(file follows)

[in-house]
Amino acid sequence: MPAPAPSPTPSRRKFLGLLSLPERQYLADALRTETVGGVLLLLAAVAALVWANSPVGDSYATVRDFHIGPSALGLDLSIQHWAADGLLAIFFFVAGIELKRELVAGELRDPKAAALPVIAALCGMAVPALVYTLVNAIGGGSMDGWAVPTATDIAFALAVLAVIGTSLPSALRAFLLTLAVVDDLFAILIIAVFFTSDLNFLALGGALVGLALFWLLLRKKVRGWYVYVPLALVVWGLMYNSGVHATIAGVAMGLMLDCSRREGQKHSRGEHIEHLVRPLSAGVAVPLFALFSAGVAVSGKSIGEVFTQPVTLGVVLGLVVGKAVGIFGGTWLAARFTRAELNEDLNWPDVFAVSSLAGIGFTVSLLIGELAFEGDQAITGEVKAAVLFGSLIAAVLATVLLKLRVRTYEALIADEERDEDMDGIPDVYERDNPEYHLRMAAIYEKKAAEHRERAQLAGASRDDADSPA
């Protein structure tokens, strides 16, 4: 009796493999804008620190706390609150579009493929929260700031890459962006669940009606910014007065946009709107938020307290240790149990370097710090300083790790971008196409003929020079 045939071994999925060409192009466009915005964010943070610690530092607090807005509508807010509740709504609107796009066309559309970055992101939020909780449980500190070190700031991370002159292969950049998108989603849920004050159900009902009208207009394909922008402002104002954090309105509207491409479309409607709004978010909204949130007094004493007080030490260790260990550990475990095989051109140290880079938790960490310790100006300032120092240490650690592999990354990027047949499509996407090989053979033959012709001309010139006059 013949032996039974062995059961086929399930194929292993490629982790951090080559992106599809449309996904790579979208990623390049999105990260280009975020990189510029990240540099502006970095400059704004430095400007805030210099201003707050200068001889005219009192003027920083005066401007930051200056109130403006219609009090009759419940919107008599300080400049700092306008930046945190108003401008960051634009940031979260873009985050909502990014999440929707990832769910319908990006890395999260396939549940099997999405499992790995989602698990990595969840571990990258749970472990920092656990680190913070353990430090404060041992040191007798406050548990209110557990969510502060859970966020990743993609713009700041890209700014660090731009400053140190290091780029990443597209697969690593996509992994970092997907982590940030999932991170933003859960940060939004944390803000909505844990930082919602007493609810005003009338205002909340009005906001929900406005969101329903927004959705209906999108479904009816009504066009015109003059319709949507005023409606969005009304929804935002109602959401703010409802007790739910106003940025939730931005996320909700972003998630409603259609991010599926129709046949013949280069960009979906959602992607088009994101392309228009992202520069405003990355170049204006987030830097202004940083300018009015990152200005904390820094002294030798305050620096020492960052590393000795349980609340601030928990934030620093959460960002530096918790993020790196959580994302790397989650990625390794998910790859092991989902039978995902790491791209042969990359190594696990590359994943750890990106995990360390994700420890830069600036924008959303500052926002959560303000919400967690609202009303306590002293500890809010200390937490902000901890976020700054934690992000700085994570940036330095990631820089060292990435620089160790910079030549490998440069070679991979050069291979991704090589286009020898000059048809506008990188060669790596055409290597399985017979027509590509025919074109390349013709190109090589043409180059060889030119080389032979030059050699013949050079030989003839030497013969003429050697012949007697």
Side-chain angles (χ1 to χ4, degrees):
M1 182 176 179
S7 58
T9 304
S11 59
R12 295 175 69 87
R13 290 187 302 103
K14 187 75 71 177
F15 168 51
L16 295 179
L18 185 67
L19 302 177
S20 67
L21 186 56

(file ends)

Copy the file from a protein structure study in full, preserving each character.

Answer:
[in-house]
Amino acid sequence: MPAPAPSPTPSRRKFLGLLSLPERQYLADALRTETVGGVLLLLAAVAALVWANSPVGDSYATVRDFHIGPSALGLDLSIQHWAADGLLAIFFFVAGIELKRELVAGELRDPKAAALPVIAALCGMAVPALVYTLVNAIGGGSMDGWAVPTATDIAFALAVLAVIGTSLPSALRAFLLTLAVVDDLFAILIIAVFFTSDLNFLALGGALVGLALFWLLLRKKVRGWYVYVPLALVVWGLMYNSGVHATIAGVAMGLMLDCSRREGQKHSRGEHIEHLVRPLSAGVAVPLFALFSAGVAVSGKSIGEVFTQPVTLGVVLGLVVGKAVGIFGGTWLAARFTRAELNEDLNWPDVFAVSSLAGIGFTVSLLIGELAFEGDQAITGEVKAAVLFGSLIAAVLATVLLKLRVRTYEALIADEERDEDMDGIPDVYERDNPEYHLRMAAIYEKKAAEHRERAQLAGASRDDADSPA
């Protein structure tokens, strides 16, 4: 009796493999804008620190706390609150579009493929929260700031890459962006669940009606910014007065946009709107938020307290240790149990370097710090300083790790971008196409003929020079 045939071994999925060409192009466009915005964010943070610690530092607090807005509508807010509740709504609107796009066309559309970055992101939020909780449980500190070190700031991370002159292969950049998108989603849920004050159900009902009208207009394909922008402002104002954090309105509207491409479309409607709004978010909204949130007094004493007080030490260790260990550990475990095989051109140290880079938790960490310790100006300032120092240490650690592999990354990027047949499509996407090989053979033959012709001309010139006059 013949032996039974062995059961086929399930194929292993490629982790951090080559992106599809449309996904790579979208990623390049999105990260280009975020990189510029990240540099502006970095400059704004430095400007805030210099201003707050200068001889005219009192003027920083005066401007930051200056109130403006219609009090009759419940919107008599300080400049700092306008930046945190108003401008960051634009940031979260873009985050909502990014999440929707990832769910319908990006890395999260396939549940099997999405499992790995989602698990990595969840571990990258749970472990920092656990680190913070353990430090404060041992040191007798406050548990209110557990969510502060859970966020990743993609713009700041890209700014660090731009400053140190290091780029990443597209697969690593996509992994970092997907982590940030999932991170933003859960940060939004944390803000909505844990930082919602007493609810005003009338205002909340009005906001929900406005969101329903927004959705209906999108479904009816009504066009015109003059319709949507005023409606969005009304929804935002109602959401703010409802007790739910106003940025939730931005996320909700972003998630409603259609991010599926129709046949013949280069960009979906959602992607088009994101392309228009992202520069405003990355170049204006987030830097202004940083300018009015990152200005904390820094002294030798305050620096020492960052590393000795349980609340601030928990934030620093959460960002530096918790993020790196959580994302790397989650990625390794998910790859092991989902039978995902790491791209042969990359190594696990590359994943750890990106995990360390994700420890830069600036924008959303500052926002959560303000919400967690609202009303306590002293500890809010200390937490902000901890976020700054934690992000700085994570940036330095990631820089060292990435620089160790910079030549490998440069070679991979050069291979991704090589286009020898000059048809506008990188060669790596055409290597399985017979027509590509025919074109390349013709190109090589043409180059060889030119080389032979030059050699013949050079030989003839030497013969003429050697012949007697």
Side-chain angles (χ1 to χ4, degrees):
M1 182 176 179
S7 58
T9 304
S11 59
R12 295 175 69 87
R13 290 187 302 103
K14 187 75 71 177
F15 168 51
L16 295 179
L18 185 67
L19 302 177
S20 67
L21 186 56